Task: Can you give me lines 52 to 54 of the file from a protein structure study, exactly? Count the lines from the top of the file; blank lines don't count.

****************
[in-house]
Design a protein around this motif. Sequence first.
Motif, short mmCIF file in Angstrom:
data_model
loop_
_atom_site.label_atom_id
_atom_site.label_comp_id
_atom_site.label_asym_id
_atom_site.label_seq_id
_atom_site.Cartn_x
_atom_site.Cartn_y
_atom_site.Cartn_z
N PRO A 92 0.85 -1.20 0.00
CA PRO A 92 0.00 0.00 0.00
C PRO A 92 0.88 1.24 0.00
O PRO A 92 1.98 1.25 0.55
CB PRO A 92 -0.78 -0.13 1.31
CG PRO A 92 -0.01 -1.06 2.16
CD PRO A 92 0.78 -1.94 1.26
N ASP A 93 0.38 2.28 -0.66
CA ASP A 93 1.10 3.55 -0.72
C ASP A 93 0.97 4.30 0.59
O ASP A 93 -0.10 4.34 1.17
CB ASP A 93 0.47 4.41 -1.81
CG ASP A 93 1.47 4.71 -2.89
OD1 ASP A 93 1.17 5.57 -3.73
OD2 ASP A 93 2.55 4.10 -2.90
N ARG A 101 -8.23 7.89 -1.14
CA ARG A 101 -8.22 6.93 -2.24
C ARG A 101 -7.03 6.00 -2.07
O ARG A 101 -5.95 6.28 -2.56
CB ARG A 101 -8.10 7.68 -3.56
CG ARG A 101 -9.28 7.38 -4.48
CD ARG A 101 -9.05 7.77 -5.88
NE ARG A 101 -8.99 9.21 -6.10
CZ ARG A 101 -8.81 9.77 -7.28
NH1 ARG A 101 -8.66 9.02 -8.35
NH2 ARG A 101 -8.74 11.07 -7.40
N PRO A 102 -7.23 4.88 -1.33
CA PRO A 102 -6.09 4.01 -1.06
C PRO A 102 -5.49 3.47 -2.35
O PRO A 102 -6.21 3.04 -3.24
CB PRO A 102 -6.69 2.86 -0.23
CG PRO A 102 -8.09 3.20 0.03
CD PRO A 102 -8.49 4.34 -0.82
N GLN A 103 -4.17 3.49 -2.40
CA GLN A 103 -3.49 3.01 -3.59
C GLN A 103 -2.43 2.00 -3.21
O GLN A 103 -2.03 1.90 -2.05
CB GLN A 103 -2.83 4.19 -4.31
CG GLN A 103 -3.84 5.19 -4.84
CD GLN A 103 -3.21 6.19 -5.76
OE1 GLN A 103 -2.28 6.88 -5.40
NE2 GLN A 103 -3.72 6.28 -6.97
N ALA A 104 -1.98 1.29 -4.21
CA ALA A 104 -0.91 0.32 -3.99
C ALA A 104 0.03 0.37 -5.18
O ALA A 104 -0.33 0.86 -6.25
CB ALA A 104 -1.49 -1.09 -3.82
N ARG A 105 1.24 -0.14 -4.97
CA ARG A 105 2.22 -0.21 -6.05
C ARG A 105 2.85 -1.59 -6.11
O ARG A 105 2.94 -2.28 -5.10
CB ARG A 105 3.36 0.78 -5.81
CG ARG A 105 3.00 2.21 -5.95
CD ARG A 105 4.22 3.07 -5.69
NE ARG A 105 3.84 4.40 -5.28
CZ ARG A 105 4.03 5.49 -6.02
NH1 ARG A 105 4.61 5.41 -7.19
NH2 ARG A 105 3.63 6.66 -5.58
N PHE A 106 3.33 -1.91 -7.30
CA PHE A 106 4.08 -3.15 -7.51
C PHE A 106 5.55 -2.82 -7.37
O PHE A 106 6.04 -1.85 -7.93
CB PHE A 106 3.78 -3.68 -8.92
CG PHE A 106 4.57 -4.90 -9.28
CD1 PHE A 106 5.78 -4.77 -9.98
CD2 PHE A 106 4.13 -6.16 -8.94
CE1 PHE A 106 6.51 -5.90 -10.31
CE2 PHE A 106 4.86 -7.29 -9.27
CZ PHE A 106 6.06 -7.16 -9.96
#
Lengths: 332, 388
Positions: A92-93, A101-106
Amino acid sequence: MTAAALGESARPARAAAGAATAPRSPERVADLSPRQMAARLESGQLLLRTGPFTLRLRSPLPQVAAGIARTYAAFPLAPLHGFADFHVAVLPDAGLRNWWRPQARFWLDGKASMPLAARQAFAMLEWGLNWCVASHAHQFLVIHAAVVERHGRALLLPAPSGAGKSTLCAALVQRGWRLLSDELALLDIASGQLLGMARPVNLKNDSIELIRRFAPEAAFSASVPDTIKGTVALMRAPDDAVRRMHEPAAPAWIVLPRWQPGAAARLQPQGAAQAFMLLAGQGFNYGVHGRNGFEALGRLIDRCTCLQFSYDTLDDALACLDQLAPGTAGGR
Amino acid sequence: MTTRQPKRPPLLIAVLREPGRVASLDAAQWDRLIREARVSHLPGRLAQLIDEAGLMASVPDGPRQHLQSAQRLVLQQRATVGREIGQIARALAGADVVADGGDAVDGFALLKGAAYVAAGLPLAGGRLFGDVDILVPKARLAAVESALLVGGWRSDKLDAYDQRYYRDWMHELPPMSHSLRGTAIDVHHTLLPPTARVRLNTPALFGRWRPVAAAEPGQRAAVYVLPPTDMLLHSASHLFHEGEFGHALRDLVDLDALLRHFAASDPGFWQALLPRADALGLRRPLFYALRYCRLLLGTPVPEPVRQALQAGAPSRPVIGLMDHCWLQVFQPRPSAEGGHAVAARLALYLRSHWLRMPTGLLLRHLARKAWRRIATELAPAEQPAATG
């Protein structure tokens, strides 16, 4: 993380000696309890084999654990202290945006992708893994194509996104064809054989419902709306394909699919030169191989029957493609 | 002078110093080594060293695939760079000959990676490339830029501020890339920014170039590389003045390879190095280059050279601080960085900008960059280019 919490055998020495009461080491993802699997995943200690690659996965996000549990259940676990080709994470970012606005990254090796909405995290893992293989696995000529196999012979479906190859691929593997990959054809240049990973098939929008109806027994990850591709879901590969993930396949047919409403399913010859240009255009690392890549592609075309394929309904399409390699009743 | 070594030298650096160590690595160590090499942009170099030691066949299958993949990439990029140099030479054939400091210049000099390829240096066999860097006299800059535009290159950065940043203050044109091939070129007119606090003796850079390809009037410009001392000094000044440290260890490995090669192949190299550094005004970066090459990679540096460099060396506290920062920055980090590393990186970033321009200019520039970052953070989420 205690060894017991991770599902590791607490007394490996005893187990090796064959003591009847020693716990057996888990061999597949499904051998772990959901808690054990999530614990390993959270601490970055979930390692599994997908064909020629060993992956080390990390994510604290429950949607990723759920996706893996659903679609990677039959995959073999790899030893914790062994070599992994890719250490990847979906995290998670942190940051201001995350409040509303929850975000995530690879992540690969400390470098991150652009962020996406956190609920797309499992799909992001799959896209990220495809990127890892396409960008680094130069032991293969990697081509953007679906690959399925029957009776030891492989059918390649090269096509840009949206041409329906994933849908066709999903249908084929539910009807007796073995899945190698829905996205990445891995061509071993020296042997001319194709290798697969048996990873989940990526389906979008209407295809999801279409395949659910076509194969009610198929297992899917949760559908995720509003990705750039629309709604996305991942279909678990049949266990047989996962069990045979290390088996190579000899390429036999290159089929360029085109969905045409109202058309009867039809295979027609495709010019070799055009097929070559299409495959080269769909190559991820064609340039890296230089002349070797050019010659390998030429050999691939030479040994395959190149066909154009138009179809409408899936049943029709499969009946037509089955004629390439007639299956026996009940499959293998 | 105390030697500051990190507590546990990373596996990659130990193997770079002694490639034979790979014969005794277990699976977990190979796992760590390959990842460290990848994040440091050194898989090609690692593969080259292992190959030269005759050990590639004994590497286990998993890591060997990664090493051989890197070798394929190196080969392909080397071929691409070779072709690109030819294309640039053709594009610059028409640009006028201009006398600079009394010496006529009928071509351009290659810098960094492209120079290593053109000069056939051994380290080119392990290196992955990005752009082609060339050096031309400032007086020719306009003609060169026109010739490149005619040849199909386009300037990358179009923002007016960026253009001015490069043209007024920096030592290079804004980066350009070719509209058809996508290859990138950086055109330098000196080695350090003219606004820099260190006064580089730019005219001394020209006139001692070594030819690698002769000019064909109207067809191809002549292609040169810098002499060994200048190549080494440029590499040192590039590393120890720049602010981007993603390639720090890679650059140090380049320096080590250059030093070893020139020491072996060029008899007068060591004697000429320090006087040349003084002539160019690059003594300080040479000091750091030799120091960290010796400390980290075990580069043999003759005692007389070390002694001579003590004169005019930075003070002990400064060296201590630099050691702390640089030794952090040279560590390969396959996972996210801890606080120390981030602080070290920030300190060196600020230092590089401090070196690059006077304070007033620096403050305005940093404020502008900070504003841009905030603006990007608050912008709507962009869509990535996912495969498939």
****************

CD GLN A 103 -3.21 6.19 -5.76
OE1 GLN A 103 -2.28 6.88 -5.40
NE2 GLN A 103 -3.72 6.28 -6.97